Saturday, 4 October 2008

opinions gathered

The Times has The spark of God within us is truth, not empty words by Musonda Trevor Selwyn Mwamba, Bishop of Botswana.

Last week, the Church Times had Creationism has to be exposed by Peter Forster, Bishop of Chester.

This week, the Church Times has Giles Fraser who asks about Facial hair: progressive or passé?

Christopher Howse writes in the Telegraph about John Betjeman on the wireless.

In the Guardian Zaki Cooper and Michael Harris write about Yom Kippur in Face to Faith.

Andrew Brown writes on his new Comment is free blog about God and mammon, redux.

Posted by Simon Sarmiento on Saturday, 4 October 2008 at 10:06am BST | TrackBack
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Categorised as: Opinion
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Many people have forgotten the wisdom that Bishop Mwamba reminds us.

We are all alive because we contain a piece of God, the divine holy spark. God's spirit breathes into us and we live, God dwells within.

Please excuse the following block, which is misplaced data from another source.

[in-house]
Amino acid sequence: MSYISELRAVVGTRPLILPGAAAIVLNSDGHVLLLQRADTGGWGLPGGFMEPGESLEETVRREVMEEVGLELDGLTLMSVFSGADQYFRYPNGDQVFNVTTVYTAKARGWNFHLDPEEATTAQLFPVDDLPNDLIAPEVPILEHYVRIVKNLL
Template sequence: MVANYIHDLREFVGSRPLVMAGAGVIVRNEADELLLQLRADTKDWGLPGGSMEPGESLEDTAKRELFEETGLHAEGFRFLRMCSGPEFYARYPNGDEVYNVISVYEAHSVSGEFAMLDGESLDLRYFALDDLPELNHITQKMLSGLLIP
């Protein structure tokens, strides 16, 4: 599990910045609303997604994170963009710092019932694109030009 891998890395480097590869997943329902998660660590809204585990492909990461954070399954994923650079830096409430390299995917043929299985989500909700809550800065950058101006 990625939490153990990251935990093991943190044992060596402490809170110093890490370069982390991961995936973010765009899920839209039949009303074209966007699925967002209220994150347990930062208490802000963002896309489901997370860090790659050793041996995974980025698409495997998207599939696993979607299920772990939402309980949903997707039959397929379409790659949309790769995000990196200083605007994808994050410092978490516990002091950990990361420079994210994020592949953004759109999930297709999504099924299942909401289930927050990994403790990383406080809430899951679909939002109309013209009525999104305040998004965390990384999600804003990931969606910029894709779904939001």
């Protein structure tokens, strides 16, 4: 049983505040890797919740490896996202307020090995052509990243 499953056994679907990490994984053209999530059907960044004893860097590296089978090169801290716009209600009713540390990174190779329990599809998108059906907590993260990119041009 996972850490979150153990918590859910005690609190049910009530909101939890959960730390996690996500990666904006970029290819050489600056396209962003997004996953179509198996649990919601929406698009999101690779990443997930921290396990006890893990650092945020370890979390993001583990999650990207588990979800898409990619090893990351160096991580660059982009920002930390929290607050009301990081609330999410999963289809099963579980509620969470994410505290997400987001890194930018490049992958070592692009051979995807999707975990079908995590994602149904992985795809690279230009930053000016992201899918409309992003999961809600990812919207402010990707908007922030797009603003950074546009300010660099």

e.g. Genesis 2:7 "LORD God formed the man from the dust of the ground and breathed into his nostrils the breath of life, and the man became a living being."

Ezekiel 37:9 & 14 "Come from the four winds, O breath, and breathe into these slain, that they may live" and "I will put my Spirit in you and you will live"

And Jesus at John 20:22 Jesus "breathed on them and said, “Receive the Holy Spirit."

Posted by: Cheryl Va. on Saturday, 4 October 2008 at 9:45pm BST

Mid-Lent is passed and Easter's near,
The greatest day of all the year,
When Jesus, whom men thought had died,
Rose with his body glorified. - John Betjeman

Frankly, I don't see why the Editor of SPCK found the above verse unacceptable. I'm quite sure that those who witnessed the crucifixion of Jesus did actually think he had died.

Betjeman's poetical phrasing might just have been a momentary slip of unintentional theological infelicity. Being the orthodox catholic he was, Betjeman would never have wanted to short circuit the actual death of Christ en route to his resurrection. Should this have been put down to mere poetic license?

This parsimonious editorial control, in the name of 'orthodoxy', would seem to have survived into today's Church politics - with the puritanical excursions of FOCA and the Global South - and maybe the current opposition to women bishops?.

Posted by: Father Ron Smith on Sunday, 5 October 2008 at 4:27am BST
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